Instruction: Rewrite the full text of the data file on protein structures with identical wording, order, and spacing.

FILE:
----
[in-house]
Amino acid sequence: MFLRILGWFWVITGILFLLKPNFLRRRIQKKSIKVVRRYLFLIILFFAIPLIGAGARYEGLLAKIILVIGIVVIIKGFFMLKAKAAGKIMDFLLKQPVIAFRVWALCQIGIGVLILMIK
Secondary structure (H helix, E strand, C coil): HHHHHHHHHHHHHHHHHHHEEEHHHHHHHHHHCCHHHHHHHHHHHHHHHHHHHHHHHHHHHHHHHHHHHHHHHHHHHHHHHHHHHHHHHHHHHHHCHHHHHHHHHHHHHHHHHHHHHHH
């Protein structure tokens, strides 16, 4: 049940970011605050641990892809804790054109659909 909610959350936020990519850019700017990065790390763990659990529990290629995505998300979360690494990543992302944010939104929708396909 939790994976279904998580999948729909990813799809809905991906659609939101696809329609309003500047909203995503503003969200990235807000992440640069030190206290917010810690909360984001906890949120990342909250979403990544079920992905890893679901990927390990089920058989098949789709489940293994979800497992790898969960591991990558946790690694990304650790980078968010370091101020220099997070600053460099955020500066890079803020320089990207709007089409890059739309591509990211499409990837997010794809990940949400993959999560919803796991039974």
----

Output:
[in-house]
Amino acid sequence: MFLRILGWFWVITGILFLLKPNFLRRRIQKKSIKVVRRYLFLIILFFAIPLIGAGARYEGLLAKIILVIGIVVIIKGFFMLKAKAAGKIMDFLLKQPVIAFRVWALCQIGIGVLILMIK
Secondary structure (H helix, E strand, C coil): HHHHHHHHHHHHHHHHHHHEEEHHHHHHHHHHCCHHHHHHHHHHHHHHHHHHHHHHHHHHHHHHHHHHHHHHHHHHHHHHHHHHHHHHHHHHHHHCHHHHHHHHHHHHHHHHHHHHHHH
């Protein structure tokens, strides 16, 4: 049940970011605050641990892809804790054109659909 909610959350936020990519850019700017990065790390763990659990529990290629995505998300979360690494990543992302944010939104929708396909 939790994976279904998580999948729909990813799809809905991906659609939101696809329609309003500047909203995503503003969200990235807000992440640069030190206290917010810690909360984001906890949120990342909250979403990544079920992905890893679901990927390990089920058989098949789709489940293994979800497992790898969960591991990558946790690694990304650790980078968010370091101020220099997070600053460099955020500066890079803020320089990207709007089409890059739309591509990211499409990837997010794809990940949400993959999560919803796991039974």